Following heavy rainfall in and around Hobart last week, which led to serious flooding in some areas, one of Tasmania’s most beautiful and rare sites has revealed itself again.
No, sadly it’s not the Thylacine – we haven’t seen one of those since last September – rather, it’s Disappearing Tarn, found on kunanyi / Mount Wellington.
So ‘tarn’ is one of those strange English words that you don’t see all that often, which dictionary.com defines as “a small mountain lake or pool”.
Hence, Disappearing Tarn does exactly what it says on the tin: it’s a small mountain lake that ceases to be visible.
But at the moment it’s visible. And it is truly a sight to behold.
Disappearing Tarn – Mt Wellington, Tasmania #magicalplaces #disappearingtarn #tasmania #tassiestyle #exploringtasmania #discovertasmania #instatassie #instatasmania #wildtasmania #mtwellington #mtwellingtontasmania #tasmaniagram #chasingthelight #chasingthesun #magicalplaces #tassielife #tassieadventures
Disappearing Tarn. I don’t often talk seriously in captions but I feel like this place needs proper recognition. The Tarn is created naturally from the blood of a thousand smurfs. Not mineral compositions from rock lichen playing with light wavelengths. Smurfs only come out after heavy rain or snowfall because they’re blue and stupid, and have the lifespan of a common moth. I found some there, and gave them a proper burial by pouring Powerade Blue to give props to the fallen. Respect ?✊?
According to a 2016 post from the official Tasmania Instagram account (which followed heavy rain and snow in the area), Disappearing Tarn is “the stuff of Tasmanian bushwalking folklore and a spot that many of Tassie’s keenest and most experienced walkers have searched for without luck”.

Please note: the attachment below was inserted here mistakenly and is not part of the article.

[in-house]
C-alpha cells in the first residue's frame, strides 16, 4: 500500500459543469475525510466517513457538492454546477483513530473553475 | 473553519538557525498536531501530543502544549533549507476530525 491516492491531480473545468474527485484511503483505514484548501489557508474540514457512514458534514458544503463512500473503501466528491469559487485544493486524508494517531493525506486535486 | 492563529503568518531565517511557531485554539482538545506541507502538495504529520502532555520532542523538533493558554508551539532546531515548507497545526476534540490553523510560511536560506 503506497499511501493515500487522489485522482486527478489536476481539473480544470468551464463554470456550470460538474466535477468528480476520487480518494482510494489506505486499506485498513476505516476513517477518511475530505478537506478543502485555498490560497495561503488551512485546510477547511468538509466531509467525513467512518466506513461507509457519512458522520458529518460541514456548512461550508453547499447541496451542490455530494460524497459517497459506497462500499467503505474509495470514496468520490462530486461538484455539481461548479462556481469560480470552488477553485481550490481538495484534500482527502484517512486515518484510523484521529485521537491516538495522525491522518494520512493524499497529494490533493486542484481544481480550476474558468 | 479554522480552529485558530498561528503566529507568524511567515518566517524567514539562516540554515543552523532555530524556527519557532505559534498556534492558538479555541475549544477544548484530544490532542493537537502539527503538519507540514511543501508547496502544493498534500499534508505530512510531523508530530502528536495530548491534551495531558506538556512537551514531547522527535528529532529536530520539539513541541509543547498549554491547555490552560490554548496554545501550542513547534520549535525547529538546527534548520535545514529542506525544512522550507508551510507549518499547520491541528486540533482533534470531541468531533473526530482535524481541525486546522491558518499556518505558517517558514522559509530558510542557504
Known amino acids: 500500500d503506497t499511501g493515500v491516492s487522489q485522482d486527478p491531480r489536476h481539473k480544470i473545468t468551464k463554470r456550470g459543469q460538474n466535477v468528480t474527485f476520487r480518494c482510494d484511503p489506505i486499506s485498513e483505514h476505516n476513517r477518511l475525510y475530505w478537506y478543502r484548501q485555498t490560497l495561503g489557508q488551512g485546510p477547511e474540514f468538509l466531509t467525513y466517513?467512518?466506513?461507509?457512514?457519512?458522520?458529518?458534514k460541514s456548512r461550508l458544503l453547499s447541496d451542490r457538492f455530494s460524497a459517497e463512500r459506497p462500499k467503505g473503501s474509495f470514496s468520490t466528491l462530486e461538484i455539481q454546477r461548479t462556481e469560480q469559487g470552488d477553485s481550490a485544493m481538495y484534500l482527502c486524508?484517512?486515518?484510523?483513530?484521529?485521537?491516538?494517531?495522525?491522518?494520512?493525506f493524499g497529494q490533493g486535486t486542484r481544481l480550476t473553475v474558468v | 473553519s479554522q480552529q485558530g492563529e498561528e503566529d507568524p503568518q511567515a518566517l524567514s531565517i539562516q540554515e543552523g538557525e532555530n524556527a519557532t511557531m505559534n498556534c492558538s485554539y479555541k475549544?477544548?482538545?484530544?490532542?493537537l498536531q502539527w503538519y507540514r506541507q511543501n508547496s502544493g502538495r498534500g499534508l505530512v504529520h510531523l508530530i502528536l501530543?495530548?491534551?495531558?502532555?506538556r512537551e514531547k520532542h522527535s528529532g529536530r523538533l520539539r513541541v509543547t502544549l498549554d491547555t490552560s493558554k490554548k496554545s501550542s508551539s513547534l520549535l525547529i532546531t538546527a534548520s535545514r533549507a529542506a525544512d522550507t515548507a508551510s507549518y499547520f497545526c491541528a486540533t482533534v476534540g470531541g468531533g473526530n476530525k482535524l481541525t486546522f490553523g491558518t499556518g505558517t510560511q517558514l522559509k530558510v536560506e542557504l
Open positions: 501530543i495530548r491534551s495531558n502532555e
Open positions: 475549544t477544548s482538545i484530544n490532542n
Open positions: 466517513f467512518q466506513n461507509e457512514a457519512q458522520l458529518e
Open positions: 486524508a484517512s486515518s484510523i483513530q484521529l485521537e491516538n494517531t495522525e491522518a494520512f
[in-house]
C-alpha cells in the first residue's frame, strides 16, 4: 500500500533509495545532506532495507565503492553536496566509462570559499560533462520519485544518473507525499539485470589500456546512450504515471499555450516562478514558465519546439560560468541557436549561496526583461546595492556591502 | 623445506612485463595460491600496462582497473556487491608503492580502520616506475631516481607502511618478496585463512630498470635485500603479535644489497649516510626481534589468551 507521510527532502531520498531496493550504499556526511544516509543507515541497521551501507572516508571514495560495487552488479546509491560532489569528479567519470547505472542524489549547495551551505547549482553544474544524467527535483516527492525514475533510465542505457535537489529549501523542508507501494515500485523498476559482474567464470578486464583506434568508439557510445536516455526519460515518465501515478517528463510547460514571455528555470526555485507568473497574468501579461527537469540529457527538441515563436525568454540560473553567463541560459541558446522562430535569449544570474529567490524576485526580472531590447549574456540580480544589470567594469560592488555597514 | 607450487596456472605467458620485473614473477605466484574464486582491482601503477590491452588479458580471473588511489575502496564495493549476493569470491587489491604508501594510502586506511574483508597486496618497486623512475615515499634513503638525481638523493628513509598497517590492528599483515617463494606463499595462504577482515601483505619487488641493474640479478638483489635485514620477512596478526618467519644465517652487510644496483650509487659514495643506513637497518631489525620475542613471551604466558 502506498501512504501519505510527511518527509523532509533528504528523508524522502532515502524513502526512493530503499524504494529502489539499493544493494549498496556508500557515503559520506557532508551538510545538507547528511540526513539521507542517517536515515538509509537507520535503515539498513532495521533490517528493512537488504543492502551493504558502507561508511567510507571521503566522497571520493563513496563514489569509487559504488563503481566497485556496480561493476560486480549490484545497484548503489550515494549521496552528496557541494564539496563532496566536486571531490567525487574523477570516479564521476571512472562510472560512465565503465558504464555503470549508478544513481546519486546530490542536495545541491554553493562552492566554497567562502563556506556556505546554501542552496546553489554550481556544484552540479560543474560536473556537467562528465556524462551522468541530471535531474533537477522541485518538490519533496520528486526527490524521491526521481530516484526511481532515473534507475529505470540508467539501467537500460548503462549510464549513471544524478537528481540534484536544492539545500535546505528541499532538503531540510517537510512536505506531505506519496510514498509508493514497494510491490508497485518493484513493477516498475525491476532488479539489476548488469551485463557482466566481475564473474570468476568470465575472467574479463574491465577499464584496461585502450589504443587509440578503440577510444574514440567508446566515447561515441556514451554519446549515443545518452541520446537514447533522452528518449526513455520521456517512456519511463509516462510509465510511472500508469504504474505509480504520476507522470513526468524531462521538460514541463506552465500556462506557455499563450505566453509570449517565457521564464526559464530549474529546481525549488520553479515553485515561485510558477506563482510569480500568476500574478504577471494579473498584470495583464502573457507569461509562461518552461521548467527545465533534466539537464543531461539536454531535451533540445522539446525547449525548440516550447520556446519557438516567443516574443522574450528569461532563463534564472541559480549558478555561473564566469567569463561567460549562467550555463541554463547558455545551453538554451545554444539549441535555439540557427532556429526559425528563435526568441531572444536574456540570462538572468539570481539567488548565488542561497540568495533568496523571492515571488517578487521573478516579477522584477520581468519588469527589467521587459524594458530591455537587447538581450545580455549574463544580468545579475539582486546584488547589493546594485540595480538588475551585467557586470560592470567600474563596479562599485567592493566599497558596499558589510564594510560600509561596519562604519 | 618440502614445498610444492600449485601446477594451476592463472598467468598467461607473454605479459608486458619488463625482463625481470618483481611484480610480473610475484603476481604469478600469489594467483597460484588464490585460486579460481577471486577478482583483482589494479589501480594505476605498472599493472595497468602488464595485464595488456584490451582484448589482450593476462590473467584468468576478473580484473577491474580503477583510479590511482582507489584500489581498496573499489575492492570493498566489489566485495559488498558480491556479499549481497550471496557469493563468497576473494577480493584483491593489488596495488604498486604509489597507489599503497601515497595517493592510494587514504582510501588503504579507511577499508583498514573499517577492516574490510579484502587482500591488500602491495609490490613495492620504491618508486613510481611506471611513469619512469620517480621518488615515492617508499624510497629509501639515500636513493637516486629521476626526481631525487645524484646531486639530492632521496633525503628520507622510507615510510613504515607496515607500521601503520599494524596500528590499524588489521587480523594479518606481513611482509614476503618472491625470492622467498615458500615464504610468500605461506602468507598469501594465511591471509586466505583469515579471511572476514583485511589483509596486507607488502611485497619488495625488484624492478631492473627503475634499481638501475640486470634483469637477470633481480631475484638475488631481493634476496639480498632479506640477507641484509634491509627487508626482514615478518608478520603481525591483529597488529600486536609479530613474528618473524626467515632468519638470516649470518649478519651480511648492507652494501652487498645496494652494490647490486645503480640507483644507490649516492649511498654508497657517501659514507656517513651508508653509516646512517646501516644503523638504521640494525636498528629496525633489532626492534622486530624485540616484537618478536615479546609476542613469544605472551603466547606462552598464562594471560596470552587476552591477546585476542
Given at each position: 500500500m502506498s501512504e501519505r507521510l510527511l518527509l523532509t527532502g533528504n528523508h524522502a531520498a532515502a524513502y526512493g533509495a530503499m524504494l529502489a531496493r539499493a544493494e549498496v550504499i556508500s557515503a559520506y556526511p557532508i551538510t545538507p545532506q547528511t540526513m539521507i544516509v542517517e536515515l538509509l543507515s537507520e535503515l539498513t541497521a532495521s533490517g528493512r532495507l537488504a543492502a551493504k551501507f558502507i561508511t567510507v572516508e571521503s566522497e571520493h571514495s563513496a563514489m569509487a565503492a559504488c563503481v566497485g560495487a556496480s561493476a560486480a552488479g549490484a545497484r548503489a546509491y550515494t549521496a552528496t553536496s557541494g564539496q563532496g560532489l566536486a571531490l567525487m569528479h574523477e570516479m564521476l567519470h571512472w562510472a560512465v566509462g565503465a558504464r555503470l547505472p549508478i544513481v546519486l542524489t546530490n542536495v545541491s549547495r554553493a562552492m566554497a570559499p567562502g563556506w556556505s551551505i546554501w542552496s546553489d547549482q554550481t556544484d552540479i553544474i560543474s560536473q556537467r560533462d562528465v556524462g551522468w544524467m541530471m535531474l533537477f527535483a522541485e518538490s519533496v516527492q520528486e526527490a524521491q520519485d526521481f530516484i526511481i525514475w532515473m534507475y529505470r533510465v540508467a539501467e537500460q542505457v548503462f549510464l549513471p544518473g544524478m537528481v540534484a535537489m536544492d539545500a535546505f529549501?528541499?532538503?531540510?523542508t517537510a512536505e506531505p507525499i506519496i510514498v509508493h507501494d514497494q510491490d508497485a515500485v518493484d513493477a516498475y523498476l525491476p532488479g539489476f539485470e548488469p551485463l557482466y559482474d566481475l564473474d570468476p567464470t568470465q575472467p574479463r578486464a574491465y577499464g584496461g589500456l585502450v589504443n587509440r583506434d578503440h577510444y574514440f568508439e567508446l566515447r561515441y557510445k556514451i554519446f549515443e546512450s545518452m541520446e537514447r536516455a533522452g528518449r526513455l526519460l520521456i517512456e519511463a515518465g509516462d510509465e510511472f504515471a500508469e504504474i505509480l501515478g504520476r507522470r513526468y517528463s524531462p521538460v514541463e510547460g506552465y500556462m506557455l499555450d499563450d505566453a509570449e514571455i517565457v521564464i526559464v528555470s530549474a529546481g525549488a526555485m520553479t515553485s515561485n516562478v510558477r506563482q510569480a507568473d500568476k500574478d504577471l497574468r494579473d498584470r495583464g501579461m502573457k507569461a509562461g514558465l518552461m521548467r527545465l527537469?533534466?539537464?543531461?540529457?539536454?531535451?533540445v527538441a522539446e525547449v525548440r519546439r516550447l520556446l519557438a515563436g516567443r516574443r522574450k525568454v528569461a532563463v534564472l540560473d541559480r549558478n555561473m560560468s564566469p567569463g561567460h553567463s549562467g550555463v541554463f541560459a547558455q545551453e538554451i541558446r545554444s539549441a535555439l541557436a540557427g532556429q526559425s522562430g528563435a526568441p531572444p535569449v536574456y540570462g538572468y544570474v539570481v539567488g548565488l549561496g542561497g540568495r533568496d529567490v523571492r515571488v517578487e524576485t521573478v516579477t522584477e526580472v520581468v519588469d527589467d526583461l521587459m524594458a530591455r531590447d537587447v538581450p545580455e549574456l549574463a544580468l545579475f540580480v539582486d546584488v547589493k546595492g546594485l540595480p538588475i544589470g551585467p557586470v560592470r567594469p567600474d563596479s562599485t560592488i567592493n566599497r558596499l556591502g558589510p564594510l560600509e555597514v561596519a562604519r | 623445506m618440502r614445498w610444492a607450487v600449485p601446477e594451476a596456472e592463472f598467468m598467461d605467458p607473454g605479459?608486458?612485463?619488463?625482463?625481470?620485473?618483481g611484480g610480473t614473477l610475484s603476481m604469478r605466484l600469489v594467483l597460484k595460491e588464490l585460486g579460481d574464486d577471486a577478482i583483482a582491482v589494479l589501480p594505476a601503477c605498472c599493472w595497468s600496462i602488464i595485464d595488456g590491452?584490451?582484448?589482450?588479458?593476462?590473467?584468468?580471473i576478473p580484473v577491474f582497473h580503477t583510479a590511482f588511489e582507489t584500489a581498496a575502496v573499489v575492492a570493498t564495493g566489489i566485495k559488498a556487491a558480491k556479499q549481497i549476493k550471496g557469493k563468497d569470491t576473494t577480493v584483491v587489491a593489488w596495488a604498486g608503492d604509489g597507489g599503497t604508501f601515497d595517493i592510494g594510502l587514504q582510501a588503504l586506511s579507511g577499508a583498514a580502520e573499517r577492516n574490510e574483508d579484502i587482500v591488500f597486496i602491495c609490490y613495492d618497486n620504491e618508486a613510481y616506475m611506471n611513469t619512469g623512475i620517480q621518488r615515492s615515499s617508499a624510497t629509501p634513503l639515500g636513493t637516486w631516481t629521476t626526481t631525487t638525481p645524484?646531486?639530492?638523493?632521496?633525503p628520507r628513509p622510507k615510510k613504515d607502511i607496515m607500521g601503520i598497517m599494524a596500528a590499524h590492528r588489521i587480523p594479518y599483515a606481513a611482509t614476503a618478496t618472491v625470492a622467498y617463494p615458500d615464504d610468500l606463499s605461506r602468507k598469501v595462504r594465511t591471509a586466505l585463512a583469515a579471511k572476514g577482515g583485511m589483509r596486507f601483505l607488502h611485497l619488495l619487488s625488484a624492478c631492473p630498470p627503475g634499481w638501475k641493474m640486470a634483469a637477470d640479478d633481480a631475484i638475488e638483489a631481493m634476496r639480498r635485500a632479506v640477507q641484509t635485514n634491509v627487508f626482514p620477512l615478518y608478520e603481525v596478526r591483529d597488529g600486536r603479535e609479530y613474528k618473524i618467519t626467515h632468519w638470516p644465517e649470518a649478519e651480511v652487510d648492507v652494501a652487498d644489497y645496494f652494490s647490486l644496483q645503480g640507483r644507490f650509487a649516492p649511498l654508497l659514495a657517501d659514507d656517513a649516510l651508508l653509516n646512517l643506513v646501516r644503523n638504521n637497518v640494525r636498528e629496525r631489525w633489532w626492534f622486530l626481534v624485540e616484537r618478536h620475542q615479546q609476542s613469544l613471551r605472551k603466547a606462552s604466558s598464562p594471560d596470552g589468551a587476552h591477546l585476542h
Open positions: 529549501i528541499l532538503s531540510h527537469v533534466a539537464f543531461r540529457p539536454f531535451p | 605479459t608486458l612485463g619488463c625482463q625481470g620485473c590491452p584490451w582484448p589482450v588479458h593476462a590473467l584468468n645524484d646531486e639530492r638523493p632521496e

“This magical, aquamarine tarn, aptly named Disappearing Tarn, is said to occur only a handful of times a year, deep in the boulders of kunanyi / Mount Wellington,” the post continues.
“With its stunning waters and fleeting nature, it’s easy to see why the appearance of this picturesque pool is such an exciting discovery!”
It's long been the stuff of Tasmanian bushwalking folklore and a spot that many of Tassie's keenest and most experienced walkers have searched for without luck. This magical, aquamarine tarn, aptly named Disappearing Tarn, is said to occur only a handful of times a year, deep in the boulders of kunanyi / Mount Wellington. The fabled body of water was rediscovered by @TasTrails while exploring the Mountain after a bout of heavy rain and snowfall last week. With its stunning waters and fleeting nature, it's easy to see why the appearance of this picturesque pool is such an exciting discovery! Thanks for sharing this beautiful shot with us, Dylan! #DisappearingTarn #Tasmania #SeeAustralia #kunanyi #MountWellington #discovertasmania
As for where you can find the tarn, it’s something of a mystery, although one of those mysteries that social media is helping to make far easier to solve.
“The water was definitely higher for sure [this time], but also as a sign of Tassie’s increasing popularity, there was about 30 people there,” keen bushwalker James Spencer told the ABC.
“Two years ago there was nobody there, it was just me and my mates.
“It’s interesting to see how much more popular it’s got as a result of word of mouth, exposure and Instagram and all of that,” he said.
It probably helps that Google Maps have got Disappearing Tarn marked as well – although their map doesn’t exactly come with a series of detailed instructions on how to hike there.